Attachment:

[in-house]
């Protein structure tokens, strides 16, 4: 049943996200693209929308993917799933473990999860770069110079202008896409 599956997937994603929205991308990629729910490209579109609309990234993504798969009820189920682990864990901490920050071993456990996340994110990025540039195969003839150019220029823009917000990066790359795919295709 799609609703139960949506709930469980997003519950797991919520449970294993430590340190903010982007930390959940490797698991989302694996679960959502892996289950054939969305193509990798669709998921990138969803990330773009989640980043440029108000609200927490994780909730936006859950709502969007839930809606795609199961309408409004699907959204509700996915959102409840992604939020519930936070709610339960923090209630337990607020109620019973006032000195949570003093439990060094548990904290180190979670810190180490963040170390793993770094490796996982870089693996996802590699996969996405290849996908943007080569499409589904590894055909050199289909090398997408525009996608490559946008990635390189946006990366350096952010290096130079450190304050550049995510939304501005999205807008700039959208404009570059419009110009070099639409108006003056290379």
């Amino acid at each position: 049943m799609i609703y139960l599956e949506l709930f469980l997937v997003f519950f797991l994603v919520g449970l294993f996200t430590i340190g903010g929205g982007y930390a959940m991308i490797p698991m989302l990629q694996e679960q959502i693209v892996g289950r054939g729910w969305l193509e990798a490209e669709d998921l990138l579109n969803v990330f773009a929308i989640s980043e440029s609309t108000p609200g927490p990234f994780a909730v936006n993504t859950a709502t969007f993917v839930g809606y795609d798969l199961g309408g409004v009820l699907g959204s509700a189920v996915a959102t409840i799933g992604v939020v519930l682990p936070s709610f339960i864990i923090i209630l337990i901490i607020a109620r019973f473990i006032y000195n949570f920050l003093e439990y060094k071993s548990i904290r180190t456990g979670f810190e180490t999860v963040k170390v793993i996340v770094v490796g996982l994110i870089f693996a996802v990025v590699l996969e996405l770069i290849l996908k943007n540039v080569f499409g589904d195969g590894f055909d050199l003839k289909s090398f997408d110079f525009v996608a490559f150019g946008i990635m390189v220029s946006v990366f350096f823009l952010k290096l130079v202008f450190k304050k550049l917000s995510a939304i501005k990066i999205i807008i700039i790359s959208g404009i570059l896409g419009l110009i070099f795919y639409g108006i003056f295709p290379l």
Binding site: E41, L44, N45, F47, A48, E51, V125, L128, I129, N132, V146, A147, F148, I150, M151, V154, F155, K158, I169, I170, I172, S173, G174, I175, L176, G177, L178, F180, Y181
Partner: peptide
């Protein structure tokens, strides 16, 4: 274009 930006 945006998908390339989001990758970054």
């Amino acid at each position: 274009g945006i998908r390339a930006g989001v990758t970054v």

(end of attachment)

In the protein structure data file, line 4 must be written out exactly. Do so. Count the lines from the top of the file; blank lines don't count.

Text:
Binding site: E41, L44, N45, F47, A48, E51, V125, L128, I129, N132, V146, A147, F148, I150, M151, V154, F155, K158, I169, I170, I172, S173, G174, I175, L176, G177, L178, F180, Y181